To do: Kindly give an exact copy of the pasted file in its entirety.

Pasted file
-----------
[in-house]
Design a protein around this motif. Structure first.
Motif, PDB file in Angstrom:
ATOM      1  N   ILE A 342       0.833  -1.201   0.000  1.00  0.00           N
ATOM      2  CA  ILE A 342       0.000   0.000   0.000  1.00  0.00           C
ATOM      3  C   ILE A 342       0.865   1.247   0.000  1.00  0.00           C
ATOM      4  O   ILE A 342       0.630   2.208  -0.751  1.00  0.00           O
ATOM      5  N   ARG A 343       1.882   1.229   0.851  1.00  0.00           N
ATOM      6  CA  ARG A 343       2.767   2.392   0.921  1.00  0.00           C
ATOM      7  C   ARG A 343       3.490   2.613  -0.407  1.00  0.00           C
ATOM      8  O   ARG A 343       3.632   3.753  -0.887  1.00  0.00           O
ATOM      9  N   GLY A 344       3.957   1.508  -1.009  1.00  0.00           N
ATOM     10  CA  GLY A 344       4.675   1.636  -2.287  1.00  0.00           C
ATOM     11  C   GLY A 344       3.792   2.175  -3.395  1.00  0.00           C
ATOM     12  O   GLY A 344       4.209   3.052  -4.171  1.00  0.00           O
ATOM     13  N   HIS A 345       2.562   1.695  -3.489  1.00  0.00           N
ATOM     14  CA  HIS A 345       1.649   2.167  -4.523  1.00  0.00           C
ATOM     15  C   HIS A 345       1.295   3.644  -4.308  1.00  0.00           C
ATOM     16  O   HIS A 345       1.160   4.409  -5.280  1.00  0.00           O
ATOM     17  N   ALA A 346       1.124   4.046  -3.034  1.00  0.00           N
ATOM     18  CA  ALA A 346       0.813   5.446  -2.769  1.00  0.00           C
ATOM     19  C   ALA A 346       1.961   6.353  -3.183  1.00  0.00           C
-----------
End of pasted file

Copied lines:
[in-house]
Design a protein around this motif. Structure first.
Motif, PDB file in Angstrom:
ATOM      1  N   ILE A 342       0.833  -1.201   0.000  1.00  0.00           N
ATOM      2  CA  ILE A 342       0.000   0.000   0.000  1.00  0.00           C
ATOM      3  C   ILE A 342       0.865   1.247   0.000  1.00  0.00           C
ATOM      4  O   ILE A 342       0.630   2.208  -0.751  1.00  0.00           O
ATOM      5  N   ARG A 343       1.882   1.229   0.851  1.00  0.00           N
ATOM      6  CA  ARG A 343       2.767   2.392   0.921  1.00  0.00           C
ATOM      7  C   ARG A 343       3.490   2.613  -0.407  1.00  0.00           C
ATOM      8  O   ARG A 343       3.632   3.753  -0.887  1.00  0.00           O
ATOM      9  N   GLY A 344       3.957   1.508  -1.009  1.00  0.00           N
ATOM     10  CA  GLY A 344       4.675   1.636  -2.287  1.00  0.00           C
ATOM     11  C   GLY A 344       3.792   2.175  -3.395  1.00  0.00           C
ATOM     12  O   GLY A 344       4.209   3.052  -4.171  1.00  0.00           O
ATOM     13  N   HIS A 345       2.562   1.695  -3.489  1.00  0.00           N
ATOM     14  CA  HIS A 345       1.649   2.167  -4.523  1.00  0.00           C
ATOM     15  C   HIS A 345       1.295   3.644  -4.308  1.00  0.00           C
ATOM     16  O   HIS A 345       1.160   4.409  -5.280  1.00  0.00           O
ATOM     17  N   ALA A 346       1.124   4.046  -3.034  1.00  0.00           N
ATOM     18  CA  ALA A 346       0.813   5.446  -2.769  1.00  0.00           C
ATOM     19  C   ALA A 346       1.961   6.353  -3.183  1.00  0.00           C